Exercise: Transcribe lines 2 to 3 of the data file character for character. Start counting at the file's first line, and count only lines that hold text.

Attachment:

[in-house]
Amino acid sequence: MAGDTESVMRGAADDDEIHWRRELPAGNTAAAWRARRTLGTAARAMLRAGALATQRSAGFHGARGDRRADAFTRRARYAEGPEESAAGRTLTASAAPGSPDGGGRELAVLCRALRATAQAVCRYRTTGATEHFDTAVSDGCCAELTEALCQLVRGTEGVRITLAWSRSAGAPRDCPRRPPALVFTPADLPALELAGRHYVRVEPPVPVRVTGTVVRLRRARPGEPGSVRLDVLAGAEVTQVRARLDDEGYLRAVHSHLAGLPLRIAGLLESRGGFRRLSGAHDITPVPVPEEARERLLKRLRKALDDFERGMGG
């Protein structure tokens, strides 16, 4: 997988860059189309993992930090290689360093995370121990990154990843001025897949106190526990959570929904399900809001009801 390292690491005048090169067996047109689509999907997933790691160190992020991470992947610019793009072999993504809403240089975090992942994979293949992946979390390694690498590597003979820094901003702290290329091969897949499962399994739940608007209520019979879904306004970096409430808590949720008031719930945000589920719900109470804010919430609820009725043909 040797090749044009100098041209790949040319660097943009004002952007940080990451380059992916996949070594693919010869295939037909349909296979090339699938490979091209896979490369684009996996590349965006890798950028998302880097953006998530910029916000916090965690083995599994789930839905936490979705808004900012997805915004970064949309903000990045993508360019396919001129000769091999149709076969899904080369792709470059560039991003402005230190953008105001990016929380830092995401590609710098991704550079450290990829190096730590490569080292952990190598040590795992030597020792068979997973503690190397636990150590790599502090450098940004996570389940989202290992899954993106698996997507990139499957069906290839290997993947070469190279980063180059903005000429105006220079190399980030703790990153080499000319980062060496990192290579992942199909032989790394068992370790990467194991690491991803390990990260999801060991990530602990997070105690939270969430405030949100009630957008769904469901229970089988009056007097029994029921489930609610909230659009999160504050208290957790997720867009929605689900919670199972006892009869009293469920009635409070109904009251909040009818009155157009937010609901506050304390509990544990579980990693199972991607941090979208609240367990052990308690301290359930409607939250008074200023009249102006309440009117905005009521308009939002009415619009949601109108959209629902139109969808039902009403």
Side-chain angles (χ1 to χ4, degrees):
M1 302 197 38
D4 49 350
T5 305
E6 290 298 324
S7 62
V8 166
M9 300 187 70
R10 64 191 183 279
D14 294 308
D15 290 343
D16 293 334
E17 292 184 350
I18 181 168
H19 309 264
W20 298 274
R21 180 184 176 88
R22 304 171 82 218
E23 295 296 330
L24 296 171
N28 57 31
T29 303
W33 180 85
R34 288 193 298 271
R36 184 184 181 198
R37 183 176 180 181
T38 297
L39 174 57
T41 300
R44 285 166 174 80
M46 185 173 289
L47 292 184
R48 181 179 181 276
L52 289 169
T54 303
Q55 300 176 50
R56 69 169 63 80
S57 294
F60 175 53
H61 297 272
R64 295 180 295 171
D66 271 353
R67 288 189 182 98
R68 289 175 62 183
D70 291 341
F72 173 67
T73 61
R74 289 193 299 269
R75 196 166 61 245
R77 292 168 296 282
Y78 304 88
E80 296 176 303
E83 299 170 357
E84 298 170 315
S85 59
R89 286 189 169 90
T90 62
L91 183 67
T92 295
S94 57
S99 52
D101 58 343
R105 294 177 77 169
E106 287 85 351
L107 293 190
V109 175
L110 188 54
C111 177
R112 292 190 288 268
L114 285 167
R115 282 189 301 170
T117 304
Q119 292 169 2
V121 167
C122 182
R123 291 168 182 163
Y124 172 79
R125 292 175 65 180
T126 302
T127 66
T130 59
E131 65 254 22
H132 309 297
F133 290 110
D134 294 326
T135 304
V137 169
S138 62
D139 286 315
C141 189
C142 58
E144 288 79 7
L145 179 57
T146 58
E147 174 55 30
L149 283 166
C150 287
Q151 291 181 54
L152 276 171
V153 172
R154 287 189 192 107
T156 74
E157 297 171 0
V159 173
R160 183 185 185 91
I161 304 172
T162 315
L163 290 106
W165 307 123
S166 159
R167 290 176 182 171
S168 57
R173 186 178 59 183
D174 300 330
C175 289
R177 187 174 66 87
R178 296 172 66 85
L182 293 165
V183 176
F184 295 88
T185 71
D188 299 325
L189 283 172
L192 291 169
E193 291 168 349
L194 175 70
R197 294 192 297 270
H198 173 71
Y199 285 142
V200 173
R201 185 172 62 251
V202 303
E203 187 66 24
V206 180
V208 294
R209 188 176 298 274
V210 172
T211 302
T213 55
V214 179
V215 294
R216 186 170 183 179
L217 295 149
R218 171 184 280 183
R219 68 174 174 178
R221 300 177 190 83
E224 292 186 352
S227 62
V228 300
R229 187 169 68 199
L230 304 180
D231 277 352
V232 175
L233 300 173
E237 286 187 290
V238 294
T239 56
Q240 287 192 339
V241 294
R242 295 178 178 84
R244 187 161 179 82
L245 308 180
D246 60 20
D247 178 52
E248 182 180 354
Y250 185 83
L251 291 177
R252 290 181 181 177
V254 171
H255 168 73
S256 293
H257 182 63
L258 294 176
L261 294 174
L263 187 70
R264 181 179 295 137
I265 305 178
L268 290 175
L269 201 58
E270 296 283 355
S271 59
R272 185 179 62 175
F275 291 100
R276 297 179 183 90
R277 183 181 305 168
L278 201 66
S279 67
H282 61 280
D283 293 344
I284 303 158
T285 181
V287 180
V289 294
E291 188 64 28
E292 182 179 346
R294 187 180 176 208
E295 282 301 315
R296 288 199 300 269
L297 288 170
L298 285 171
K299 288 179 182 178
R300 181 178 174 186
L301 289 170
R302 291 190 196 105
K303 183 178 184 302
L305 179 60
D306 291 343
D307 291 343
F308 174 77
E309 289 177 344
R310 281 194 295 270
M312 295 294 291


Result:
Amino acid sequence: MAGDTESVMRGAADDDEIHWRRELPAGNTAAAWRARRTLGTAARAMLRAGALATQRSAGFHGARGDRRADAFTRRARYAEGPEESAAGRTLTASAAPGSPDGGGRELAVLCRALRATAQAVCRYRTTGATEHFDTAVSDGCCAELTEALCQLVRGTEGVRITLAWSRSAGAPRDCPRRPPALVFTPADLPALELAGRHYVRVEPPVPVRVTGTVVRLRRARPGEPGSVRLDVLAGAEVTQVRARLDDEGYLRAVHSHLAGLPLRIAGLLESRGGFRRLSGAHDITPVPVPEEARERLLKRLRKALDDFERGMGG
């Protein structure tokens, strides 16, 4: 997988860059189309993992930090290689360093995370121990990154990843001025897949106190526990959570929904399900809001009801 390292690491005048090169067996047109689509999907997933790691160190992020991470992947610019793009072999993504809403240089975090992942994979293949992946979390390694690498590597003979820094901003702290290329091969897949499962399994739940608007209520019979879904306004970096409430808590949720008031719930945000589920719900109470804010919430609820009725043909 040797090749044009100098041209790949040319660097943009004002952007940080990451380059992916996949070594693919010869295939037909349909296979090339699938490979091209896979490369684009996996590349965006890798950028998302880097953006998530910029916000916090965690083995599994789930839905936490979705808004900012997805915004970064949309903000990045993508360019396919001129000769091999149709076969899904080369792709470059560039991003402005230190953008105001990016929380830092995401590609710098991704550079450290990829190096730590490569080292952990190598040590795992030597020792068979997973503690190397636990150590790599502090450098940004996570389940989202290992899954993106698996997507990139499957069906290839290997993947070469190279980063180059903005000429105006220079190399980030703790990153080499000319980062060496990192290579992942199909032989790394068992370790990467194991690491991803390990990260999801060991990530602990997070105690939270969430405030949100009630957008769904469901229970089988009056007097029994029921489930609610909230659009999160504050208290957790997720867009929605689900919670199972006892009869009293469920009635409070109904009251909040009818009155157009937010609901506050304390509990544990579980990693199972991607941090979208609240367990052990308690301290359930409607939250008074200023009249102006309440009117905005009521308009939002009415619009949601109108959209629902139109969808039902009403």